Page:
It is true that Adams’s driving offenses led to the discovery of Johnston’s body in his trunk. But that was the only connection between the Anchorage charges and the later murder charge. The Anchorage charges relied on different facts from the murder charge, and the elements of these charges did not overlap. We therefore hold that, even though an attorney had been appointed to represent Adams in the Anchorage case, Wallner and Klinkhart could interview Adams about the murder without obtaining this attorney’s consent.
Adams’s claim that his waiver of Miranda rights at the beginning of the first interview was not knowing and intelligent
In addition to the arguments addressed in the preceding section of this opinion, Adams also argues that his waiver of Miranda rights at the beginning of the first interview 1202*1202 was not knowing or intelligent. Adams points out that he was drunk when he was arrested, that he was injured when his car crashed (after Adams ran the vehicle across the spike strips on the highway), and that the police subdued him with pepper spray and a Taser. Adams contends that, given these circumstances, his ostensible waiver of his Miranda rights at the beginning of the interview could not have been knowing and intelligent.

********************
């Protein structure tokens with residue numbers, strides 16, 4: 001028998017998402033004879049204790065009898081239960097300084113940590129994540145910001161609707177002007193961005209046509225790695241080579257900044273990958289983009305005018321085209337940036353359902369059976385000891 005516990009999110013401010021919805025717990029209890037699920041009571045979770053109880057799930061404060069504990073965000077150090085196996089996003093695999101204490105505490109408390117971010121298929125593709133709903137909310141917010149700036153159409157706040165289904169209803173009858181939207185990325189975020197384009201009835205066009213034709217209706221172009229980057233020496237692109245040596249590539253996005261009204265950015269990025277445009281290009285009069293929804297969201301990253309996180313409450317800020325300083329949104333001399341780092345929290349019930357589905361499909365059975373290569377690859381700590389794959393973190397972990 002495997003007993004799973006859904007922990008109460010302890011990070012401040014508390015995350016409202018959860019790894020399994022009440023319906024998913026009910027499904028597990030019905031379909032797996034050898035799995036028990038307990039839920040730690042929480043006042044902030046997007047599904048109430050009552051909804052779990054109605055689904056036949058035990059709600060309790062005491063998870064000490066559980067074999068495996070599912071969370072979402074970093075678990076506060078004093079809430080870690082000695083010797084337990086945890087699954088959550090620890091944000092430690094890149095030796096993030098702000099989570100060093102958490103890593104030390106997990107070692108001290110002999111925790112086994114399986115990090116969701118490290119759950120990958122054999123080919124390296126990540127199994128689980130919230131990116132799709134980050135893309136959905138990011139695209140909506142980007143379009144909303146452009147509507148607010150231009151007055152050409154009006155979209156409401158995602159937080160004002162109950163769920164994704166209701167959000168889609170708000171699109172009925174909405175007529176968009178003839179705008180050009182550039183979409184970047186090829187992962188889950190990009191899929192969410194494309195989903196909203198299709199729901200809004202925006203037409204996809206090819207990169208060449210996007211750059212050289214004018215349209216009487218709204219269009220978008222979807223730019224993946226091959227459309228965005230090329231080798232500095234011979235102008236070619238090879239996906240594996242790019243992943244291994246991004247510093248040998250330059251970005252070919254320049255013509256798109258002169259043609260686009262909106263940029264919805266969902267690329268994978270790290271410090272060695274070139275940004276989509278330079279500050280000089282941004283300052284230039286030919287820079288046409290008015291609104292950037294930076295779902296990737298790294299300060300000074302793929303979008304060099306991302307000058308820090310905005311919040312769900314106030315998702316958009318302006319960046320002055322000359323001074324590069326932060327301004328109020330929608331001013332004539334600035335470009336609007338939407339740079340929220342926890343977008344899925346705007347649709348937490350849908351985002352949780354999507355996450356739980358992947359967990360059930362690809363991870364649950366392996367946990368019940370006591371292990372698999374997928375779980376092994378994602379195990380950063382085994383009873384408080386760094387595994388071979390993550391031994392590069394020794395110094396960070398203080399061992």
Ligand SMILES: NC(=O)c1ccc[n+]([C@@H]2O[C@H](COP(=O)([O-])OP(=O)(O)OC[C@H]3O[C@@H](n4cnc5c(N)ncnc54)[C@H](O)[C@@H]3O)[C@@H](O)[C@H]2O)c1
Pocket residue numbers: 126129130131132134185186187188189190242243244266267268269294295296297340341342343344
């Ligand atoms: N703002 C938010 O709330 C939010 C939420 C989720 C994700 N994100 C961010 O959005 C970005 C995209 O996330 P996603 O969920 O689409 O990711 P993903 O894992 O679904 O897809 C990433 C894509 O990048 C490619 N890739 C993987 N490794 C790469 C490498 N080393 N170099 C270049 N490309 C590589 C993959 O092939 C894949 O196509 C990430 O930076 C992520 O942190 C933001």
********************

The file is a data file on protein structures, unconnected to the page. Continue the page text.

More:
But Adams did not raise this claim in the superior court. Adams concedes that he never raised this claim as a ground of suppression, but he asserts that the Stateraised this issue when the State pointed out to the superior court that Adams was advised of his Miranda rights at the beginning of the interview, and that he waived them. Adams argues that, “[b]ecause the State raised the [issue] of waiver, the trial court was necessarily [required to] determin[e] whether [Adams’s] waiver was intelligent and knowing.” We do not agree.